User spec. Select the User spec. option button if you have specific knowledge about the base rates (for example, based on previous research). When you select the User spec. option button, the Enter values for prior probabilities dialog box is displayed, in which you specify the a priori probabilities for each class of the dependent variable. This dialog is automatically displayed only the first time priors are set to user-defined (i.e., the User spec. option button is selected); thereafter, click the accompanying settings button to display the dialog containing the previously specified values. If the probabilities do not add up to 1.0, STATISTICA will automatically adjust them proportionately. Note that the User spec. option button is only available if Dependent variable codes are selected via the Advanced tab.

Misclassif. costs. There are two options under Misclassif.s: Equal and User spec. Use these options to specify the costs of misclassifying objects in an observed class as belonging to another class.

Equal. If you select the Equal option button, each off-diagonal element of the predicted class (row) x observed class (column) misclassification costs matrix is set equal to 1.0, and the specified Prior probabilities (see above) for the classes on the dependent variable are not adjusted.

User spec. Select the User spec. option button if more accurate classification is desired for some classes than others. For example, carriers of a disease who are contagious to others might need to be more accurately predicted than carriers of the disease who are not contagious to others. If so, select User spec. in the Misclassif. costs group box to display the User Specified Misclassification Costs spreadsheet, in which you enter the (non-negative) values representing the misclassification costs in the appropriate off-diagonal cells of the misclassification costs matrix. The spreadsheet is automatically displayed only the first time you select the User spec. option button in the Misclassif. costs group box; thereafter, click the accompanying settings button to display the spreadsheet, which will contain the previously specified values. Effectively, user-specified misclassification costs can be used to "weight" the analysis more heavily toward some classes than for others.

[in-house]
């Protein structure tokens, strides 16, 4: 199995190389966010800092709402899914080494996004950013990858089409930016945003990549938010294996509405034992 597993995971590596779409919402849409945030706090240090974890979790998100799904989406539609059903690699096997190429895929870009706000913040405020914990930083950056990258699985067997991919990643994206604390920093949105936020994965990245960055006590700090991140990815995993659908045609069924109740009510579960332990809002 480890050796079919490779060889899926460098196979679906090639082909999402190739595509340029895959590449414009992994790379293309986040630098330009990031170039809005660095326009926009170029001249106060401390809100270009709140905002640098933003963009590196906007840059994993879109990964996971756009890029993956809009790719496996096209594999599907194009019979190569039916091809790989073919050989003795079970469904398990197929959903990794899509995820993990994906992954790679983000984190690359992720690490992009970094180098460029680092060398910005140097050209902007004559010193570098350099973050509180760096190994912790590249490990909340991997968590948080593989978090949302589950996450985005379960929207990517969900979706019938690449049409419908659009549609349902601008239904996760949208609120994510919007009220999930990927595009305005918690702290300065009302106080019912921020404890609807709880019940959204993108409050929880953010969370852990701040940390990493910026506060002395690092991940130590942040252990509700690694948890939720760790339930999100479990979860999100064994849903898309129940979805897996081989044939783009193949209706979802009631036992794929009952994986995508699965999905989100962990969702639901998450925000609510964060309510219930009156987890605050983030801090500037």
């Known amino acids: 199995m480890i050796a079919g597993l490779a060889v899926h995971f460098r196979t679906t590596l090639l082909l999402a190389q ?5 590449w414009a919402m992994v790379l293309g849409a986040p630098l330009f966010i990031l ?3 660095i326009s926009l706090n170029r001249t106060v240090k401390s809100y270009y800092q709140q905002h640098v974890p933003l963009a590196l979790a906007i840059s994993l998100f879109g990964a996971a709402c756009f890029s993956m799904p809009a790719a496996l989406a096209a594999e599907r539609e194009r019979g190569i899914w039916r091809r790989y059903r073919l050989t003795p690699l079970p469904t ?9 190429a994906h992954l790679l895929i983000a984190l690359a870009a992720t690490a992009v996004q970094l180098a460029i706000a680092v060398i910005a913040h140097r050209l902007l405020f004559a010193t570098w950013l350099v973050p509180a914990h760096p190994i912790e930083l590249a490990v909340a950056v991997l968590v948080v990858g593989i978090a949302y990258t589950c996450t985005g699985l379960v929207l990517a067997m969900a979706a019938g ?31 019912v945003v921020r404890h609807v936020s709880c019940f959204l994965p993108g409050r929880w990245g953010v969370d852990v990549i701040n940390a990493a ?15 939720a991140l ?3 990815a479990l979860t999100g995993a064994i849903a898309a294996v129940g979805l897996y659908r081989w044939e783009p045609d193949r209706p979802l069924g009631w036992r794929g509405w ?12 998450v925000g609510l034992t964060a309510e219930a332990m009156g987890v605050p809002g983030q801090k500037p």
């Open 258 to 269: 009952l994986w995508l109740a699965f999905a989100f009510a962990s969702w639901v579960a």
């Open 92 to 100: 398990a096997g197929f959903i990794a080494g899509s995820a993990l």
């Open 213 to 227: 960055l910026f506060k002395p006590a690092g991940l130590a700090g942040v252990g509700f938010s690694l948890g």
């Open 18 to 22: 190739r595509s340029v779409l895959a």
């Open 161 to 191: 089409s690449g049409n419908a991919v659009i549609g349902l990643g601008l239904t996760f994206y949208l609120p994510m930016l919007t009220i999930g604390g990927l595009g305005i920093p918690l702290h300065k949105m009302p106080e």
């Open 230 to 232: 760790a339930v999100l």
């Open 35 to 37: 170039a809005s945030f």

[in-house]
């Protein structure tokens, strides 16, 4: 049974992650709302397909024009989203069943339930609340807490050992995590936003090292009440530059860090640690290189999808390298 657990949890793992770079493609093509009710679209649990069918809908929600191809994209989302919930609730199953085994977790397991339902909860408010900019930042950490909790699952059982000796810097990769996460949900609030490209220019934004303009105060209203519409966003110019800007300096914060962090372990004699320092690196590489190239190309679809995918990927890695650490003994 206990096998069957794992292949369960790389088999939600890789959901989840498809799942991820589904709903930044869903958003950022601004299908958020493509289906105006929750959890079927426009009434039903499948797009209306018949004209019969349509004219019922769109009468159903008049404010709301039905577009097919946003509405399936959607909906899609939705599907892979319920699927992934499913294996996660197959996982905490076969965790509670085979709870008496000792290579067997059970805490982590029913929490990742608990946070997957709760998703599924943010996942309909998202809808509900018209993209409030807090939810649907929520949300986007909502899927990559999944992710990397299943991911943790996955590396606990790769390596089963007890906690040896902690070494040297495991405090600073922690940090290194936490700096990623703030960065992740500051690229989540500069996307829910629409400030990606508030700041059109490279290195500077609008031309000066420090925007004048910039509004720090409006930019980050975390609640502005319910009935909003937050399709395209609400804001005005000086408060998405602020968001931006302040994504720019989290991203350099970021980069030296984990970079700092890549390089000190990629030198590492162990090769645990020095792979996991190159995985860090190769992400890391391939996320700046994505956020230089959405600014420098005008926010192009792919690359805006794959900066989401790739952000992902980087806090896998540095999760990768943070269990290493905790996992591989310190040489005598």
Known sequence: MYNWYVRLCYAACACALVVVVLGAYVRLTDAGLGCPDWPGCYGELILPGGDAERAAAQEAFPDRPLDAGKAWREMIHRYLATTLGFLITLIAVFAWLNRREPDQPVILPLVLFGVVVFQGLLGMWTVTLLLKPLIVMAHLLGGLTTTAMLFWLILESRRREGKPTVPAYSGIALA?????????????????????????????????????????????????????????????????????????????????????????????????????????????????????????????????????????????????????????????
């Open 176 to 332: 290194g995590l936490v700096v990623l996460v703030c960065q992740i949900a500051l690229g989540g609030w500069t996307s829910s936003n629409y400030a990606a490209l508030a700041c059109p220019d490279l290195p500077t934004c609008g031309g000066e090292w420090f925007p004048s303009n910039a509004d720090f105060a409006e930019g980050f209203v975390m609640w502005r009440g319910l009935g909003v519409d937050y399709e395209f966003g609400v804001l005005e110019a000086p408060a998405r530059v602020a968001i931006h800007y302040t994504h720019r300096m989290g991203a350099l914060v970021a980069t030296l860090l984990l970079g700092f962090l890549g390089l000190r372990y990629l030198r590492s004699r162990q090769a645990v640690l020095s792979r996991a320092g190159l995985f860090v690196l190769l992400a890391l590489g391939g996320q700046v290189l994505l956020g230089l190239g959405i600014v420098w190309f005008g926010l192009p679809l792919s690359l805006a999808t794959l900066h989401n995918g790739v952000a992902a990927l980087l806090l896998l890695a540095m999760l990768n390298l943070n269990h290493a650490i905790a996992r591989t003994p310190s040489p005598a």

Click the Misclassification costs button on the Classification Trees Results dialog box - Predicted Classes tab to display a spreadsheet containing the misclassification costs used in the analysis. User-specified misclassification costs are used to adjust the Prior probabilities (see above) for the classes on the dependent variable included in the analysis. If you select User-spec., the adjusted a priori probabilities used in the analysis can be displayed by clicking the Adjusted priors button on the Classification Trees Results dialog box - Predicted Classes tab.